WASHINGTON (WVEC) — Lawmakers are discussing a measure that environmentalists worry will set back restoration efforts in the Chesapeake Bay.
The bill amendment, part of H.R. 6147, the Interior, Environment, Financial Services and General Government Appropriations Act, 2019, prevents the Environmental Protection Agency (EPA) from using federal funds to enforce the six watershed states to follow pollution reduction goals as part of the 2010 Clean Water Blueprint.
The amendment passed the House 213-202 on July 18.
“These waterways are very important to me and my family and many of the people that I know and to see that progress reverse would be tragic,” said Hampton Roads Grassroots Manager for the Chesapeake Bay Foundation.
Council said that after the six watershed states surrounding the Chesapeake Bay joined the Clean Water Blueprint in 2010, restoration efforts made a lot of progress.
“We’re seeing the largest grasses on record, we’re seeing water clarity in ways that we haven’t seen in generations,” said Council “We’re seeing oysters come back and other fisheries come back. This is what it starts to look like when we have healthy water again.”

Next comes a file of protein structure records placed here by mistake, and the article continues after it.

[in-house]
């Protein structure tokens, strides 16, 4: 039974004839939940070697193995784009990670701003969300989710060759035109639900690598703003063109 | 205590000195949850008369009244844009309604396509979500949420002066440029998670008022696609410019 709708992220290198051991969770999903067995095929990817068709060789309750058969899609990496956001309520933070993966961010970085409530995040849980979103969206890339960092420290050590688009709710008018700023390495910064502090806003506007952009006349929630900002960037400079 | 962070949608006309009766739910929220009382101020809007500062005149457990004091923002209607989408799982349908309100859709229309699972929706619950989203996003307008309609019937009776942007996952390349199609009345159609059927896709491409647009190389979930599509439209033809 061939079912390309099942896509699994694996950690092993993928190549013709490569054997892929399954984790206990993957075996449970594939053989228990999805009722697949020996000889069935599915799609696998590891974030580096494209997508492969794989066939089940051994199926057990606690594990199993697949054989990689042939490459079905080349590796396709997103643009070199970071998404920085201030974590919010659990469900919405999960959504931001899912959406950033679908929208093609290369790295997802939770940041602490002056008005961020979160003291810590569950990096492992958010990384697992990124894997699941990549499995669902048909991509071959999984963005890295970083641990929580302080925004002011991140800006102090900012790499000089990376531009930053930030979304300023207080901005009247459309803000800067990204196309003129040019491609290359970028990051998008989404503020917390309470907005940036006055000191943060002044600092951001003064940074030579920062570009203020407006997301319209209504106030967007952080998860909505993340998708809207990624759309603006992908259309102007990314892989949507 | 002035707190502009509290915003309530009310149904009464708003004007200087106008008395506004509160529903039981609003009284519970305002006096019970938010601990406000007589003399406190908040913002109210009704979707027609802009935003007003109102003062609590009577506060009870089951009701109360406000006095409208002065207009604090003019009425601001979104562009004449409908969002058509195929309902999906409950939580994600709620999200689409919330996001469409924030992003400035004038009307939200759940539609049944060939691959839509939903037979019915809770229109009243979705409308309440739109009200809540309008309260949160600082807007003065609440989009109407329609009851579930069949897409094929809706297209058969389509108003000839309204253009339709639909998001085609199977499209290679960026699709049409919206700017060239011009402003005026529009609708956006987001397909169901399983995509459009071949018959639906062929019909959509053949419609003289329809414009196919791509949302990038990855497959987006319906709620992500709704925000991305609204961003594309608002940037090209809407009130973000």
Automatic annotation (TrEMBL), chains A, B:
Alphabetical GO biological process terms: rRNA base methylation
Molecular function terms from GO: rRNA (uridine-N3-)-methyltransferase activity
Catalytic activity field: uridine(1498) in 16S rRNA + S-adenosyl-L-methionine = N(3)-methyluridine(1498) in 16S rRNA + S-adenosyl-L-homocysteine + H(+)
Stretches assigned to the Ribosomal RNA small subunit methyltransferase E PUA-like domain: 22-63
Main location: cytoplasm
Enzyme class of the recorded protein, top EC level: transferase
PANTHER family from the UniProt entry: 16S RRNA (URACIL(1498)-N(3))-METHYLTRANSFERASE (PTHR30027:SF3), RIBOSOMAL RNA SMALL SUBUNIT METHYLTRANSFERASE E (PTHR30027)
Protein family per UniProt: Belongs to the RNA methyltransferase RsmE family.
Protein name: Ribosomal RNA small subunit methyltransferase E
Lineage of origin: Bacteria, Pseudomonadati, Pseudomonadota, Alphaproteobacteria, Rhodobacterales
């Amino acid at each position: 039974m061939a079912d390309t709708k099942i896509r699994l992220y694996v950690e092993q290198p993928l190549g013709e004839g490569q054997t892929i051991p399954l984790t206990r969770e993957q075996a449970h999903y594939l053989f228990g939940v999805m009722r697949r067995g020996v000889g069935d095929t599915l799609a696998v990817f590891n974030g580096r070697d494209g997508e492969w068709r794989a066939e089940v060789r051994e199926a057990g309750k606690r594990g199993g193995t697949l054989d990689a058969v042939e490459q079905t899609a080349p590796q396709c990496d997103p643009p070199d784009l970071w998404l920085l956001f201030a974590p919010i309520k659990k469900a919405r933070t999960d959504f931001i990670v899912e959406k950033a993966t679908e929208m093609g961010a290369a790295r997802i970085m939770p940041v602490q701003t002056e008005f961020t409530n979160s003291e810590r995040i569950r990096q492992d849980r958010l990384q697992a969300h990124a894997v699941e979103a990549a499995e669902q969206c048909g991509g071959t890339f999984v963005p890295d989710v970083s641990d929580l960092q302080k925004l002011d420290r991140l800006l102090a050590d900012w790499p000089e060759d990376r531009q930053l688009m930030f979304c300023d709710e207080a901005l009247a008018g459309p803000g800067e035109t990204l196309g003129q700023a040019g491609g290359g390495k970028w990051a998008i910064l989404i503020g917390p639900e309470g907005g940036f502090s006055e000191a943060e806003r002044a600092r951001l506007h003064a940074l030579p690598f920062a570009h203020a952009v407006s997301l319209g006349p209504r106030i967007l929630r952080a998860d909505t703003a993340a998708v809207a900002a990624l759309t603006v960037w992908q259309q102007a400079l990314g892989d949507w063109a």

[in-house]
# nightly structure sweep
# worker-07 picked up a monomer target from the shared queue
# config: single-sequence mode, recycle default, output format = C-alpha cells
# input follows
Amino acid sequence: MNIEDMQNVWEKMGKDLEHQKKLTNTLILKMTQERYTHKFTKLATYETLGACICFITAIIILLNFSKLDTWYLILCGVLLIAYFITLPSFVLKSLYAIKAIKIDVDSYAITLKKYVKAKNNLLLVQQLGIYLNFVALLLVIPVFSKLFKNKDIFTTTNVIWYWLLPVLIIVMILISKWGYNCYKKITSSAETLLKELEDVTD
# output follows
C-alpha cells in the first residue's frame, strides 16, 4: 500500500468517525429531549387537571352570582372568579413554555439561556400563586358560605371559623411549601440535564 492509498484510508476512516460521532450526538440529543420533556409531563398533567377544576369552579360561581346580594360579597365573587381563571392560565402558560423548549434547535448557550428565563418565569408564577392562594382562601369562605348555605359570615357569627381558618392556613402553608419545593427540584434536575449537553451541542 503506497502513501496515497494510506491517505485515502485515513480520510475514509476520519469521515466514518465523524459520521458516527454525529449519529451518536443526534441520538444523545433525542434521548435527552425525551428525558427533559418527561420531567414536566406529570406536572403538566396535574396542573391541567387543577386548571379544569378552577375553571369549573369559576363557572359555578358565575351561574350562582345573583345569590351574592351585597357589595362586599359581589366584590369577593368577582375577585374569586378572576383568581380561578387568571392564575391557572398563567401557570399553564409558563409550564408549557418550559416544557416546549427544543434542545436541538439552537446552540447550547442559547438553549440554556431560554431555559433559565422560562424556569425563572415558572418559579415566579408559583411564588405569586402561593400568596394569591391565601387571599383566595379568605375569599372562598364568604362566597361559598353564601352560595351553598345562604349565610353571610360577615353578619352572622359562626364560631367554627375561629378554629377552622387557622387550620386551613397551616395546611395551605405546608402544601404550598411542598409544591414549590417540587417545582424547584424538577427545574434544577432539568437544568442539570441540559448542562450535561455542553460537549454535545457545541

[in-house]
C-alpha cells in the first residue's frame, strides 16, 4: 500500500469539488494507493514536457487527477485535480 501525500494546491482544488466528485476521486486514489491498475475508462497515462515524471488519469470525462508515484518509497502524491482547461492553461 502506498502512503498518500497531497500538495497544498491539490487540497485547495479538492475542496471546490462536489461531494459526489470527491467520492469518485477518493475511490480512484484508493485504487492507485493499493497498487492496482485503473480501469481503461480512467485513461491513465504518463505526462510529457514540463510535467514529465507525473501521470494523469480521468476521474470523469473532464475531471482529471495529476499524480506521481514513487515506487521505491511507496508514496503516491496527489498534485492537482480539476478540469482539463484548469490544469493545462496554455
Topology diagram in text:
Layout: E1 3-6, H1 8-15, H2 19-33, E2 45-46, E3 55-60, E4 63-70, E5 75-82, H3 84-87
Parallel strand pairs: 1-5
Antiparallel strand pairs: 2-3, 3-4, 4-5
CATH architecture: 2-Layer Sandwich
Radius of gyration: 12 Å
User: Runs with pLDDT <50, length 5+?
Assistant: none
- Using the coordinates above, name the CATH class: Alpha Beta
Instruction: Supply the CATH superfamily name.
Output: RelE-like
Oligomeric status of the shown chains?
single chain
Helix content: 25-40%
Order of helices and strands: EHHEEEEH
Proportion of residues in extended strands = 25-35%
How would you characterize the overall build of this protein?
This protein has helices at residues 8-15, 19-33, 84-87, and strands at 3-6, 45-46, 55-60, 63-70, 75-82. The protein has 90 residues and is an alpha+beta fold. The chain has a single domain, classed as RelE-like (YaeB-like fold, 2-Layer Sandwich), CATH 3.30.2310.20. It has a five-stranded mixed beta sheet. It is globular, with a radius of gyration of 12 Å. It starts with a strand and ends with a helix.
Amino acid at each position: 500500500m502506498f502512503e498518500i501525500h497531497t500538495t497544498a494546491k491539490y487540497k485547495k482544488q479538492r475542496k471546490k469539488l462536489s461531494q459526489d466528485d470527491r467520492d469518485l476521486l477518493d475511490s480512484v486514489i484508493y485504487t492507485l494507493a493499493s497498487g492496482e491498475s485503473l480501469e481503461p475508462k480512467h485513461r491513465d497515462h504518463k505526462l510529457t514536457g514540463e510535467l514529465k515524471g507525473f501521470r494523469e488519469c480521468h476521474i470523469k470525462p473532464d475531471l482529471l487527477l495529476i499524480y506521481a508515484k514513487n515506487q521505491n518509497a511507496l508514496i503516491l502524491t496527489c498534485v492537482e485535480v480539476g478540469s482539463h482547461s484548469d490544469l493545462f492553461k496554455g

The amendment is sponsored by Representative Bob Goodlatte (VA-06). In a statement, Goodlatte said:
"The Chesapeake Bay is a national treasure and an important resource for many Virginia communities. We all want to see the Bay restored, and this amendment does nothing to stop these efforts. The provision passed by the House simply makes it clear that the states and the federal government must work collaboratively, as the Clean Water Act intended. Unfortunately, that hasn’t been the case. The EPA cannot be allowed to railroad the states and micromanage the process.”
Local lawmakers have spoken out against the amendment, like Senator Mark Warner who said:
“Time and time again, the Trump Administration has tried to gut funding for Chesapeake Bay cleanup. Despite these efforts, Congress has worked in a bipartisan manner to fully fund restoration efforts. In the recently passed spending bill, Congress stepped in and provided 73 million dollars to support the Chesapeake Bay Program at the EPA. The Chesapeake Bay is an important economic engine for the Commonwealth and I oppose any measure that threatens the ongoing restoration effort.”
Congressional Representatives who voted against the amendment included Rob Wittman, Scott Taylor, Robert Scott, A. Donald McEachin, Don Beyer, Barbara Comstock, and Gerald Connolly.
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